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Is the new small business recovery loan scheme enough?

While it may not be the emergency budget that many were calling for, the government is reportedly set to announce a £3 billion-a-year small business recovery loan guarantee scheme. Is this what small firms need?

Why smaller firms need a fresh government support package

Hot on the heels of the £15 billion support package for households, and with the Recovery Loan Scheme due to close within weeks, comes the news that the government is preparing to support the small business sector with new a small business recovery loan guarantee scheme. The reports are timely.

According to the Federation of Small Businesses, almost half a million firms are at risk of going to the wall in the coming weeks and months without fresh government intervention. Around two million small businesses have less than three months’ cash less, with a tenth of these firms in serious trouble.

In addition, a new survey from Barclaycard revealed that 75% of SMEs are concerned about the long-term impact of the cost of living crisis, soaring energy bills, increasing raw material costs and rising inflation. At the same time, small business confidence is falling sharply, with the Bank of England warning of recession.

Why is there criticism of the new business loan scheme?

Against this backdrop, the announcement of a new government business support package is good news. However, as details emerge, there is a growing consensus that it may not go far enough. At present, contention is focused on the belief that small business owners will have to offer personal guarantees to secure loans through the new scheme.

This means that borrowers will be liable for any payment defaults and while this is intended as a measure to stop abuse of the scheme, the additional risk attached to accessing finance through the scheme may deter some of the firms that need it the most.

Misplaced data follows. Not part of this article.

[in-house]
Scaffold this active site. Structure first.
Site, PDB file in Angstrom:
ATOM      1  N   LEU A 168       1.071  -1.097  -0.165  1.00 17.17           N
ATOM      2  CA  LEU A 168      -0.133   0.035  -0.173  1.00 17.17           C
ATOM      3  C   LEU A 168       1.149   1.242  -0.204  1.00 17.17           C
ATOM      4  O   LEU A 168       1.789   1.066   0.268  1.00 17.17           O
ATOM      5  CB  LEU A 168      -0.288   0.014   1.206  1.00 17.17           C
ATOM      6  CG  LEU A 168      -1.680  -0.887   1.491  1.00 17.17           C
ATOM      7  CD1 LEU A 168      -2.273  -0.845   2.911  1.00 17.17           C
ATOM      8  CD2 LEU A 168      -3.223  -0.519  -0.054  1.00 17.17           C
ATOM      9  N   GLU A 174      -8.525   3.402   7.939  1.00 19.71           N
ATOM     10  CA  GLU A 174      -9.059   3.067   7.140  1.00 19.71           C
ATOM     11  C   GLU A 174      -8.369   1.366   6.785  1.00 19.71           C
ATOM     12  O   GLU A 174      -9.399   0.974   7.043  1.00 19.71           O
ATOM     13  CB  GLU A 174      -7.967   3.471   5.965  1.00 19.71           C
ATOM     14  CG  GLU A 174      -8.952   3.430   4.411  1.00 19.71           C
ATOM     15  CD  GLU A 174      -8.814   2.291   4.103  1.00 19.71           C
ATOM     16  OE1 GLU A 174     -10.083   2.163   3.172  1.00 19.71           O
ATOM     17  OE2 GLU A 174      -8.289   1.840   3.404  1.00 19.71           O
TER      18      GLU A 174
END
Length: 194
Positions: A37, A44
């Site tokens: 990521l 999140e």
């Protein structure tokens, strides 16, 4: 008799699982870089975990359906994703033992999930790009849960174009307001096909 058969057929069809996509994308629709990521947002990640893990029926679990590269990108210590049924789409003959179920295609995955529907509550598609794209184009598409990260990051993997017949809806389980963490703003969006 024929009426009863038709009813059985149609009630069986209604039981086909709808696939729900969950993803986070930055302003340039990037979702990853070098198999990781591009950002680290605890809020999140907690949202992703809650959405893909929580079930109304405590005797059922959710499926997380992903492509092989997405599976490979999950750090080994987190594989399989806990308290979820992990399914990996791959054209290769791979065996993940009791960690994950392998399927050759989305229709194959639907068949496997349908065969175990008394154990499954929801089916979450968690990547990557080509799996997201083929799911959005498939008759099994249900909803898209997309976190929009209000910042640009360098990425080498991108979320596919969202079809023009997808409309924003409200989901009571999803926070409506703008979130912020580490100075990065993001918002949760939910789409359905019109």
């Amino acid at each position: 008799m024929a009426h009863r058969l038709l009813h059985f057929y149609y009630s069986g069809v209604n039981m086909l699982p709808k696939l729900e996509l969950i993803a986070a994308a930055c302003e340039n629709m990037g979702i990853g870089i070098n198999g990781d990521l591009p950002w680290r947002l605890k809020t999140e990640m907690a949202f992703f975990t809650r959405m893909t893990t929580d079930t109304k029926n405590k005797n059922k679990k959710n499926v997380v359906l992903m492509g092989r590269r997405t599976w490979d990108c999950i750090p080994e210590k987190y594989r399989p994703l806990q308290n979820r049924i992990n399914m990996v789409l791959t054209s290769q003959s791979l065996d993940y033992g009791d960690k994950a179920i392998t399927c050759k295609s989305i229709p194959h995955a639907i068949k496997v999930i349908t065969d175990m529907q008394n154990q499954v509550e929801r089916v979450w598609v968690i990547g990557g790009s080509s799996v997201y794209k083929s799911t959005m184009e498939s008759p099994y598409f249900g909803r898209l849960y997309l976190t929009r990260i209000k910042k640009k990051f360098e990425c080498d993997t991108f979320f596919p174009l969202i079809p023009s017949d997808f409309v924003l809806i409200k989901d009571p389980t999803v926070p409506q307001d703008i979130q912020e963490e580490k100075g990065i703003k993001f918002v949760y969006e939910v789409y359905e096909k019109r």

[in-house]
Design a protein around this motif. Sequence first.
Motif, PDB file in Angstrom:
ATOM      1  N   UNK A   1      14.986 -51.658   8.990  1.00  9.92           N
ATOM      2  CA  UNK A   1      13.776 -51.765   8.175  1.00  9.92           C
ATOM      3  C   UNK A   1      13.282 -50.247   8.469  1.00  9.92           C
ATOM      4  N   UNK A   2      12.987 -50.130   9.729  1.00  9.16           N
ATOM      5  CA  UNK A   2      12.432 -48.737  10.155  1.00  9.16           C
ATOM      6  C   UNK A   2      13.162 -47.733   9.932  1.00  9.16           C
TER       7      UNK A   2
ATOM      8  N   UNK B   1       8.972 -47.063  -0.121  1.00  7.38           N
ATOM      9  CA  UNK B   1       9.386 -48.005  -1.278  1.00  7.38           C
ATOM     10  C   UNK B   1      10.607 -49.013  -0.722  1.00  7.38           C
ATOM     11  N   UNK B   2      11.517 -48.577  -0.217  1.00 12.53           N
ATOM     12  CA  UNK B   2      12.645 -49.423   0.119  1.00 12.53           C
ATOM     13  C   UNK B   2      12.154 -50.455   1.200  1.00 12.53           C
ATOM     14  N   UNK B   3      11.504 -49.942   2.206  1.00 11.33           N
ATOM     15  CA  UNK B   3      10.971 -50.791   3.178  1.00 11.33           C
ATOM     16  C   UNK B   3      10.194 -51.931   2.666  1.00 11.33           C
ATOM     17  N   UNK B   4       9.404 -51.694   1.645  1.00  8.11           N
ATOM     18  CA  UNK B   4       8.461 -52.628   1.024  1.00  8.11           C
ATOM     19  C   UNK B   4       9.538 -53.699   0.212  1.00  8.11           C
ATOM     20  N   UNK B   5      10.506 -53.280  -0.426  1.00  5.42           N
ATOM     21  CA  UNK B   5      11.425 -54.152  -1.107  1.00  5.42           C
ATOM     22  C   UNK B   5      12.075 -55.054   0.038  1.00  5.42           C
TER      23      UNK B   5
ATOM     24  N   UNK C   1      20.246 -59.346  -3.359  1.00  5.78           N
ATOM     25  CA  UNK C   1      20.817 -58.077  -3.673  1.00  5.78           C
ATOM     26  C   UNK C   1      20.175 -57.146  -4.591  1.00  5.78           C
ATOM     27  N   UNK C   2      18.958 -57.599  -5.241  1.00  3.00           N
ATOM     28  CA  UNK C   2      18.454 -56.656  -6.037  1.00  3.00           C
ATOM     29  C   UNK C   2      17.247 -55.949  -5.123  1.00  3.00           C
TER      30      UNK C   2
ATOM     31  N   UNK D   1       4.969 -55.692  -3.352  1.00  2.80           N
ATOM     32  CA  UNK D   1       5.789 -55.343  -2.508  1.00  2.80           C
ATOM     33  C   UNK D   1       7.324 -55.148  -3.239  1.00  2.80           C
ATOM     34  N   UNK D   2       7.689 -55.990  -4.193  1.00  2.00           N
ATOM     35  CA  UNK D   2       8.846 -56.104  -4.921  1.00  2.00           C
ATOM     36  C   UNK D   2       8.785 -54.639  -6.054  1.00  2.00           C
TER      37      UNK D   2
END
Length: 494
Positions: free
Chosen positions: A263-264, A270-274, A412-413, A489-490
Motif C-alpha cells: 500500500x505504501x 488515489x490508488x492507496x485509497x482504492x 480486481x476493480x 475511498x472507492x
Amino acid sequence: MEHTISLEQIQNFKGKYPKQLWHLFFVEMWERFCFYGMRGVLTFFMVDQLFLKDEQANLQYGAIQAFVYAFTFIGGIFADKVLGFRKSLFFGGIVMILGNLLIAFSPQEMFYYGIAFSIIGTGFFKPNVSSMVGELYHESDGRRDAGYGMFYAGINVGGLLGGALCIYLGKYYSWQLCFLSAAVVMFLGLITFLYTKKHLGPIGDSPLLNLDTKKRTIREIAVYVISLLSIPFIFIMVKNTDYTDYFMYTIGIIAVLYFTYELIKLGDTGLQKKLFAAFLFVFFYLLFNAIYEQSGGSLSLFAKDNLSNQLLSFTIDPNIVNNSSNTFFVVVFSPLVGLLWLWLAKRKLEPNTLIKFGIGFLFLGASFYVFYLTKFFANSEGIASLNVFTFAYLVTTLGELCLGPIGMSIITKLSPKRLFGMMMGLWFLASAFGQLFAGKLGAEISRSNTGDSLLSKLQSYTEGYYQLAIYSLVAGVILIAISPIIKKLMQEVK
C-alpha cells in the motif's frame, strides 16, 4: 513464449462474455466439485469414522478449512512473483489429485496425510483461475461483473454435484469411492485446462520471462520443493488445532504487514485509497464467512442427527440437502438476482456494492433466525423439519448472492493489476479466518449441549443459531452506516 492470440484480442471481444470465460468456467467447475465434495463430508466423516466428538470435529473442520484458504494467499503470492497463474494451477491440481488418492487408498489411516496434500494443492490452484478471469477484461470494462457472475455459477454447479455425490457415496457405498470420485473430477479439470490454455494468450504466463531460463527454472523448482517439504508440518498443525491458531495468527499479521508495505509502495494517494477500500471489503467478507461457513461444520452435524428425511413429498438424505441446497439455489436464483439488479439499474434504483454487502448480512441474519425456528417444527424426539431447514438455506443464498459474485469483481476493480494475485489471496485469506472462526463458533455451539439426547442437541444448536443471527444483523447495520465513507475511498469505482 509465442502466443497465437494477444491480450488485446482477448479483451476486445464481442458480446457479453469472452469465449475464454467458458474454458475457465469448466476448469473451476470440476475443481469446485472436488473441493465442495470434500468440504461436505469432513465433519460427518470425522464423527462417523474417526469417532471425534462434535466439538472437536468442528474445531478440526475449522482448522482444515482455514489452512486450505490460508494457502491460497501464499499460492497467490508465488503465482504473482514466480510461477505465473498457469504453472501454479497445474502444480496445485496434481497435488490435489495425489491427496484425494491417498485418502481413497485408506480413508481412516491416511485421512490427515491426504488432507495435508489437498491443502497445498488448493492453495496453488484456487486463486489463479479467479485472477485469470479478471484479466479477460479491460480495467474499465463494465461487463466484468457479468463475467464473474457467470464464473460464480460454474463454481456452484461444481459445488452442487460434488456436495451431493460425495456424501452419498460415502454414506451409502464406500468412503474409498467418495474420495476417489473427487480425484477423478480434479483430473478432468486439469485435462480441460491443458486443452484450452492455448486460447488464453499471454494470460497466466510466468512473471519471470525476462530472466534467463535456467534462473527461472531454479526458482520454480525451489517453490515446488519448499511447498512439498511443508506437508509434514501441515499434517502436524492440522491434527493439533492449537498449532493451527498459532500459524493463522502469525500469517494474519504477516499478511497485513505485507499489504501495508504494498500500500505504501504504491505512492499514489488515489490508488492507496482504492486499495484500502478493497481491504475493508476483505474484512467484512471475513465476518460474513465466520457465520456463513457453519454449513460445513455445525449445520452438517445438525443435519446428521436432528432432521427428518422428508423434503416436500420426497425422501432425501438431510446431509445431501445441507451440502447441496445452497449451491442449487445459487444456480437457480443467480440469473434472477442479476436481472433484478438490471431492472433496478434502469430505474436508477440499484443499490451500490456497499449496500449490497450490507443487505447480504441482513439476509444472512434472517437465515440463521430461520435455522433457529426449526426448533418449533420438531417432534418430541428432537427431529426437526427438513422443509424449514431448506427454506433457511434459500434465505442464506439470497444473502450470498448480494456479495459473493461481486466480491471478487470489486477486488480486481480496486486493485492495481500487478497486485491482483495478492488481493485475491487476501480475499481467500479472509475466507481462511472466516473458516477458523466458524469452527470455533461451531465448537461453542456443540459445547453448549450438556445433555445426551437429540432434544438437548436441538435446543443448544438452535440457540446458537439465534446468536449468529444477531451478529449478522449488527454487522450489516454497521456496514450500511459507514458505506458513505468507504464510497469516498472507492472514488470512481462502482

Also, as yet, there has been no mention of any of the key measures attached to earlier discussion of an emergency budget for small businesses, such as a reversal or delay of national insurance reform, a VAT cut on energy bills and a further increase in employment allowance.

Supporting operations and how alternative finance can help

While it is currently unclear what government support for small business will look like going forward, what is more certain is the importance of the ability of these firms to access finance and their awareness of all the options available, including the services of alternative lenders.

In the wake of prolonged caution from traditional lenders, which is an issue that has returned during the pandemic and amid challenging market conditions in 2022, services such as invoice finance, asset finance and peer-to-peer lending are proving a vital source of capital for small businesses, both for maintaining cashflow and for essential investment.

These facilities, which offer a more easily accessible and personalised approach to lending, are helping small businesses survive and target recovery and regrowth. Furthermore, alternative lending is playing a prominent role in the government’s headline emergency support scheme, the Recovery Loan Scheme (open until the end of June 2022). Invoice finance and asset finance between £1,000 and £10 million per business are available under the initiative. This profile is helping cement the reputation of alternative finance in the business sector.

Surviving the cost of living crisis and SME finance options

Given the growing calls for intervention, it comes as little surprise to learn that the government looks set to provide a fresh wave of support for small businesses. This news is positive but there are already doubts over the effectiveness of the new scheme. As such, whatever form this help takes, to keep operations going, it is critical that small firms consider all available finance options, including alternative finance, in their financial planning.

To find out more about A&T Business Associates services, contact Tony Hedger on 01903 602211 or tony.hedger@atbusinessassociates.co.uk.

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